Yesterday’s Daily Digest focused on the U.S. Securities and Exchange Commission (SEC) legal action against Ripple for allegedly selling unregistered securities (i.e., XRP). On March 31 the SEC launched a similar lawsuit against blockchain company LBRY Inc., the startup that works to improve the LBRY network, for allegedly selling LBC tokens to fund its work, without registering those tokens with the SEC as a security. LBRY is a blockchain-based file-sharing and payment network that powers primarily social networks and video platforms.
Under U.S. law “investment contracts” are subject to the “Howey test” to determine whether their nature falls under what constitutes a “security” to be regulated under the U.S. Securities Exchange Act of 1934. The Howey test, established in SEC v. W. J. Howey Co. (1946), deems an investment contract to be a security only if it evidences “(1) an investment; (2) in a common enterprise; (3) with a reasonable expectation of profits; (4) to be derived from the entrepreneurial or managerial efforts of others”.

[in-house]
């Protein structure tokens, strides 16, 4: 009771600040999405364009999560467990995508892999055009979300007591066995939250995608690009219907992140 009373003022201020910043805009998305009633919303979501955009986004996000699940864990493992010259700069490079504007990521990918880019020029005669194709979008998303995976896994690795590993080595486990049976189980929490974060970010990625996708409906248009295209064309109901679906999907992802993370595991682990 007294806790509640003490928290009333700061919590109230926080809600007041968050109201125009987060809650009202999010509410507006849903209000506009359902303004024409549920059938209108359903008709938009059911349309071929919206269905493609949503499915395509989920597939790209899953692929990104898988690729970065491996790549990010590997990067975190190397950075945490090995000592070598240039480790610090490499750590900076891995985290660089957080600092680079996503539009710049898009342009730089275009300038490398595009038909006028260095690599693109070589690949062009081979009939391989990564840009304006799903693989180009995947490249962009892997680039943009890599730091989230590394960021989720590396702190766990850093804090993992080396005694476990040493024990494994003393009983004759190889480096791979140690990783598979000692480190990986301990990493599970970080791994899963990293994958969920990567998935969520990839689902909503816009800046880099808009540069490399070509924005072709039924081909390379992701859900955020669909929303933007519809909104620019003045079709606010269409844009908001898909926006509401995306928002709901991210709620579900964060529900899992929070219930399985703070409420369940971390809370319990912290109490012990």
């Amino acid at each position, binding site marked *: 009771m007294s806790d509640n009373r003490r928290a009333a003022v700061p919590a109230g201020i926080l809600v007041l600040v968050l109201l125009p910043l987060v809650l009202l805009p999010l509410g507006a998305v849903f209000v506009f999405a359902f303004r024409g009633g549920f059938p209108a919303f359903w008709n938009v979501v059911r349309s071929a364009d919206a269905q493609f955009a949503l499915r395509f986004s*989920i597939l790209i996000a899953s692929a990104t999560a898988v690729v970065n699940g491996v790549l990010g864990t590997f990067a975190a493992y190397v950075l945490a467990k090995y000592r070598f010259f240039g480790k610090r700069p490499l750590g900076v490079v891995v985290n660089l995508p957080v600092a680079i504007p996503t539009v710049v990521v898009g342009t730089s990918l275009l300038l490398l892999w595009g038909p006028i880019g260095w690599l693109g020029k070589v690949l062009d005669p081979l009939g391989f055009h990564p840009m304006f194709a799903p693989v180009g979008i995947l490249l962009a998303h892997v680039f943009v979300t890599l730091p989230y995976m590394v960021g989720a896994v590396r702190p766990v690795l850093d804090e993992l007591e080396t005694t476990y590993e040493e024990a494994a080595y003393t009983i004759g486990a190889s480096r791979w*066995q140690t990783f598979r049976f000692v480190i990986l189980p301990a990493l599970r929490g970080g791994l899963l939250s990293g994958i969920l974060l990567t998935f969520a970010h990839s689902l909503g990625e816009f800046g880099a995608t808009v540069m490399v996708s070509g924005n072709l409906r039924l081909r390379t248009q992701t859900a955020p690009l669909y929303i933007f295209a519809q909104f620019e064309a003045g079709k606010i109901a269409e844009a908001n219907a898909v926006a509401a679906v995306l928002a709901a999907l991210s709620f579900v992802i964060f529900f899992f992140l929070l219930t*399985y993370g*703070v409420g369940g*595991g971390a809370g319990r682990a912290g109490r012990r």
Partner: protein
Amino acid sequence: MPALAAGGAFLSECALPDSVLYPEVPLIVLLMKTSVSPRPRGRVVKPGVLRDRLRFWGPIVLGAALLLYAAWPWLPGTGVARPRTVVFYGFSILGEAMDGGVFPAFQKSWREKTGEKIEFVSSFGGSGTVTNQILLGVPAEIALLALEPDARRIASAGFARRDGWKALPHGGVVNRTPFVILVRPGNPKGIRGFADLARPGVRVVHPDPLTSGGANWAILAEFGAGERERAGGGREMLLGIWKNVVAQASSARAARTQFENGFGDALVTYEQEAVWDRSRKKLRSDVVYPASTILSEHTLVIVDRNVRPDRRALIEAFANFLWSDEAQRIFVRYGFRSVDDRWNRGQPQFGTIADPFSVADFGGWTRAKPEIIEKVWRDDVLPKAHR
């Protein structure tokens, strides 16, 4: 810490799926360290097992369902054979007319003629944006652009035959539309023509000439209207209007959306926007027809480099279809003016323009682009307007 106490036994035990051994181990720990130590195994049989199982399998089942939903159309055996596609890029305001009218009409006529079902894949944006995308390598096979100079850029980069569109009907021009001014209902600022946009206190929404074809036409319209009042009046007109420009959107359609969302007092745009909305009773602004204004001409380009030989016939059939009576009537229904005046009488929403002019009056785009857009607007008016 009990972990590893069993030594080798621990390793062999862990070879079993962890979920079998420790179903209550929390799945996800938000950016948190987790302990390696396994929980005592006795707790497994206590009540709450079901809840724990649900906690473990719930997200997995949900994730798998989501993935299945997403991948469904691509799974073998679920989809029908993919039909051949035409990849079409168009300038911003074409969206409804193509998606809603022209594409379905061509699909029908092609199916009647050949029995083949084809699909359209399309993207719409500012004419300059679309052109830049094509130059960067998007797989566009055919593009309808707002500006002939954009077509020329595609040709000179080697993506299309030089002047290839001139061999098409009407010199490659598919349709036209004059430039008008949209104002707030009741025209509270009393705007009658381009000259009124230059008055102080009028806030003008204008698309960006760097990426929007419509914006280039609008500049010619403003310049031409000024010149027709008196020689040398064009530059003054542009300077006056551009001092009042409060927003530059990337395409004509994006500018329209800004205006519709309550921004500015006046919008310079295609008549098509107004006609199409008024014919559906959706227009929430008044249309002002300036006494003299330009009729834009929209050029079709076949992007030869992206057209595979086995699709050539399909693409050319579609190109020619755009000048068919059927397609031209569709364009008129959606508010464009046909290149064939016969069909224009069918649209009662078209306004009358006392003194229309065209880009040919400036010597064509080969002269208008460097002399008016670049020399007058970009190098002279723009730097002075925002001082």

Meanwhile, the law firm Arnall Golden and Gregory LLP has launched a series of notes claiming that SEC actions like those against Ripple and LBRY are part of a program aimed at shutting down the crypto-asset industry. While the SEC’s rhetorical objective is to protect investors, the notes claim that the real objective of the “suppression program” is to prevent disintermediation.